Pinsent Masons continues its expansion in Amsterdam with the hiring of the Taylor Wessing team

Pinsent Masons has recruited a life sciences intellectual property team led by a Taylor Wessing partner to its Amsterdam office, furthering the company’s expansion into a key practice area in the heart of Europe.

Judith Krens, Partner, joins Pinsents after five years at Taylor Wessing, where she led the life sciences practice in the Netherlands.

Previously, she practiced at European intellectual property boutique Hoyng Rokh Monegier, transitioning to consulting, and spent three years as in-house counsel at Cognizant Technology Solutions, a US-based multinational technology consulting and services company. .

His career also includes associate stints at Debevoise & Plimpton, legacy firm Lovells (now Hogan Lovells) and Dutch firm Stibbe.

Krens joins Pinsents along with senior partner Marthe Riewald and partner Maud de Haas, both of whom worked with her at Taylor Wessing.

Educated in the Netherlands and the United States, and with a background in chemistry as well as law, Krens brings experience in cross-border patent litigation and drug regulation, according to a statement from Pinsent Masons.

Pinsents opened in Amsterdam a year ago with the aim of creating an intellectual property center for life sciences in the city, which houses the European Medicines Agency, the drug regulatory body of the European Union.

Krens becomes the fifth partner in the Amsterdam office and the third in Life Sciences IP, joining András Kupecz and Machteld Hiemstra, who both arrived last year after long stints at Simmons & Simmons.

With the arrival of Krens and his team, the firm will have 17 professionals.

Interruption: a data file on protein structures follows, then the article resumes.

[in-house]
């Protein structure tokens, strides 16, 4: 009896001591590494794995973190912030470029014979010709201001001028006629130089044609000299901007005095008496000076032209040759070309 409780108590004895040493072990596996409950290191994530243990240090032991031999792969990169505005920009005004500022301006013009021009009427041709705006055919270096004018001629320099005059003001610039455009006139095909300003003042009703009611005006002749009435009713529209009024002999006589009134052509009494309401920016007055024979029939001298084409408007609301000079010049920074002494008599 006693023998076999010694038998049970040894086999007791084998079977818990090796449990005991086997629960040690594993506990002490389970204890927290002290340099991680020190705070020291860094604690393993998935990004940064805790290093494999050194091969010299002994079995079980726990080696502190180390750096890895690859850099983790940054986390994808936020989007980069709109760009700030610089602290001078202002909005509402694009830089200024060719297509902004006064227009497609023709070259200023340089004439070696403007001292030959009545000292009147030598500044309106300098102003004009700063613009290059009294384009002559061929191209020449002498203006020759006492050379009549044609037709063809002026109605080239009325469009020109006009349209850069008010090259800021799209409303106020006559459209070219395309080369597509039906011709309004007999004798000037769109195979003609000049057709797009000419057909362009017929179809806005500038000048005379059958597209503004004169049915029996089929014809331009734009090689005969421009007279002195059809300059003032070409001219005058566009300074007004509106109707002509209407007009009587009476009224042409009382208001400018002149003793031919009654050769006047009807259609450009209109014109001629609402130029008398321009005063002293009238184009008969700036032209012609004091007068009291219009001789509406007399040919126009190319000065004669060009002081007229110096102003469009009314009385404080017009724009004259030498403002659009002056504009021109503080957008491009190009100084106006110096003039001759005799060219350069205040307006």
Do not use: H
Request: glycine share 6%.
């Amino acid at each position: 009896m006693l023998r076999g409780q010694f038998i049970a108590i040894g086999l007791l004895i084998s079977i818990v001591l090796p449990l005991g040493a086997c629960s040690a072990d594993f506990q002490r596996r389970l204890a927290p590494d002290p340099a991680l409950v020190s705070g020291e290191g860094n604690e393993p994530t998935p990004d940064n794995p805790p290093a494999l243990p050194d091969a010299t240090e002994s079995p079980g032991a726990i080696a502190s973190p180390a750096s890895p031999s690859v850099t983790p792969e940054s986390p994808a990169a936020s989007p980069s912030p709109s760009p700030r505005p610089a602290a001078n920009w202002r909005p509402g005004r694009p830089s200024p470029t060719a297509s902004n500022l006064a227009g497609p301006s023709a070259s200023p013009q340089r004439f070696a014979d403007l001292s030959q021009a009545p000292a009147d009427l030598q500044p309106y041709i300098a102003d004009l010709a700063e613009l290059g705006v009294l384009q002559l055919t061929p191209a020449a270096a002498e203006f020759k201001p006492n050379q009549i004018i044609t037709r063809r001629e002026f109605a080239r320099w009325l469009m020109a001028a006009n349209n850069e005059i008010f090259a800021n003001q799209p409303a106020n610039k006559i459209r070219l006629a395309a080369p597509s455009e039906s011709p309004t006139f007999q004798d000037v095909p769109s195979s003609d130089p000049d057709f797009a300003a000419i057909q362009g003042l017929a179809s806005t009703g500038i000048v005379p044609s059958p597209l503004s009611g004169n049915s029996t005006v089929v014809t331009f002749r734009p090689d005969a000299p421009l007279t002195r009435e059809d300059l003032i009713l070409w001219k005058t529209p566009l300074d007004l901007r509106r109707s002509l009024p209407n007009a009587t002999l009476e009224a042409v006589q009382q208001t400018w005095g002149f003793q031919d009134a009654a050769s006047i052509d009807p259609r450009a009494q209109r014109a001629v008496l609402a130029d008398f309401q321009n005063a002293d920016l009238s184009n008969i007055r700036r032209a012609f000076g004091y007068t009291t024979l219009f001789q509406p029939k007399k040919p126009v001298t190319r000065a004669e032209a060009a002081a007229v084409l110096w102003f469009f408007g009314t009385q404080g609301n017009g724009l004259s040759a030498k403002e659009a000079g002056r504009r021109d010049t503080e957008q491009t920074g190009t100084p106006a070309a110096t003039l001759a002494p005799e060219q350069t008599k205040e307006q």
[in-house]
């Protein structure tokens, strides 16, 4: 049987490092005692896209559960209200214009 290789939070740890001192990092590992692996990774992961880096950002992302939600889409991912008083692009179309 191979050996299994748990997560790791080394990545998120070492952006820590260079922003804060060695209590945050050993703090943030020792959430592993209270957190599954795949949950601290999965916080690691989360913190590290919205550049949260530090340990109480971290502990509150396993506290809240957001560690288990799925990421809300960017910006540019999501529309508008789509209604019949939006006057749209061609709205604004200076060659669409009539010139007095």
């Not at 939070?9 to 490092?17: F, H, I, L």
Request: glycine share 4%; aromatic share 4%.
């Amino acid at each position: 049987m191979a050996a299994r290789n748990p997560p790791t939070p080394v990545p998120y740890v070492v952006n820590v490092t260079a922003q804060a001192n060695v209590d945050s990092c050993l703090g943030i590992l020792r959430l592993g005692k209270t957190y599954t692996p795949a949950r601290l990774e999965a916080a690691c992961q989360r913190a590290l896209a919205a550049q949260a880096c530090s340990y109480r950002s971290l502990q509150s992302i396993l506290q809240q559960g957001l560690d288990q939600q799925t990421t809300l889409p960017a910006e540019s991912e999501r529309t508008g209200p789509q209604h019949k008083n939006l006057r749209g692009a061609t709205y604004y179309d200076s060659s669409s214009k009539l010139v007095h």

“Judith is a fantastic addition to our European life sciences team,” Clare Tunstall, global head of intellectual property and life sciences for Pinsent Masons, said in a statement announcing the move.

Wouter Seinen, head of the Amsterdam office, told International that he was delighted to have Krens join the firm because “she is a very strong life science patent lawyer and a great personality.

“The Netherlands is of great strategic importance to the pharmaceutical and wider life sciences industry, and with the arrival of Judith and her team, we have been able to set up one of strongest pharmaceutical IP practices in the market in 12 months,” said Seinen. “It’s something to be proud of.”

In addition to her practice, Krens is co-founder and board member of Female Intellectual Property Experts, a women’s network for female intellectual property professionals.

Pinsent Masons has women leading several key offices, including London, Paris, Munich and Sydney, and global practice areas including energy, healthcare, risk advisory services, employment and compensation, and life sciences intellectual property. Women also hold four of the nine seats on the company’s board of directors.

“I’m thrilled to see so many women in leadership positions” at Pinsent Masons, Krens told International. “I am extremely proud to join the firm and hope to be able to bring both my experience as a life scientist and as a female leader and contribute to future growth.”

Taylor Wessing’s head of patents and innovation, Wim Maas, said in a statement: Judith leaves with our best wishes for the future.

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